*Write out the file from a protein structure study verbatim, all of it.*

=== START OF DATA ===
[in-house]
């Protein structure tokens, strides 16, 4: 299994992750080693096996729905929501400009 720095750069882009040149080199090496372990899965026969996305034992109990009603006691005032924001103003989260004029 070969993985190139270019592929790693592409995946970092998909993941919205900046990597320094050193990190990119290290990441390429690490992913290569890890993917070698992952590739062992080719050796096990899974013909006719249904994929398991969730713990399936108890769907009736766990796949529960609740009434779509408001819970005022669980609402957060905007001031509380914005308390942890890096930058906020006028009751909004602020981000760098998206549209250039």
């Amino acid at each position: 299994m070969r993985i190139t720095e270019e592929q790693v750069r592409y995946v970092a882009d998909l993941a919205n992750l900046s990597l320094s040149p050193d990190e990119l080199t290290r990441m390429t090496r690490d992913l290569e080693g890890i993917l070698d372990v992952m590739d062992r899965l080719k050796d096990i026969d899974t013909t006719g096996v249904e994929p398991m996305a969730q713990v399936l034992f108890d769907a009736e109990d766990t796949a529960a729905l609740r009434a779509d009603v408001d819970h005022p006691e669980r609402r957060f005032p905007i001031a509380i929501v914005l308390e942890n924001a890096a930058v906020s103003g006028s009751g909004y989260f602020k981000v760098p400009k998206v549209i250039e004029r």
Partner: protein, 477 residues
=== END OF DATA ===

[in-house]
């Protein structure tokens, strides 16, 4: 299994992750080693096996729905929501400009 720095750069882009040149080199090496372990899965026969996305034992109990009603006691005032924001103003989260004029 070969993985190139270019592929790693592409995946970092998909993941919205900046990597320094050193990190990119290290990441390429690490992913290569890890993917070698992952590739062992080719050796096990899974013909006719249904994929398991969730713990399936108890769907009736766990796949529960609740009434779509408001819970005022669980609402957060905007001031509380914005308390942890890096930058906020006028009751909004602020981000760098998206549209250039």
């Amino acid at each position: 299994m070969r993985i190139t720095e270019e592929q790693v750069r592409y995946v970092a882009d998909l993941a919205n992750l900046s990597l320094s040149p050193d990190e990119l080199t290290r990441m390429t090496r690490d992913l290569e080693g890890i993917l070698d372990v992952m590739d062992r899965l080719k050796d096990i026969d899974t013909t006719g096996v249904e994929p398991m996305a969730q713990v399936l034992f108890d769907a009736e109990d766990t796949a529960a729905l609740r009434a779509d009603v408001d819970h005022p006691e669980r609402r957060f005032p905007i001031a509380i929501v914005l308390e942890n924001a890096a930058v906020s103003g006028s009751g909004y989260f602020k981000v760098p400009k998206v549209i250039e004029r």
Partner: protein, 477 residues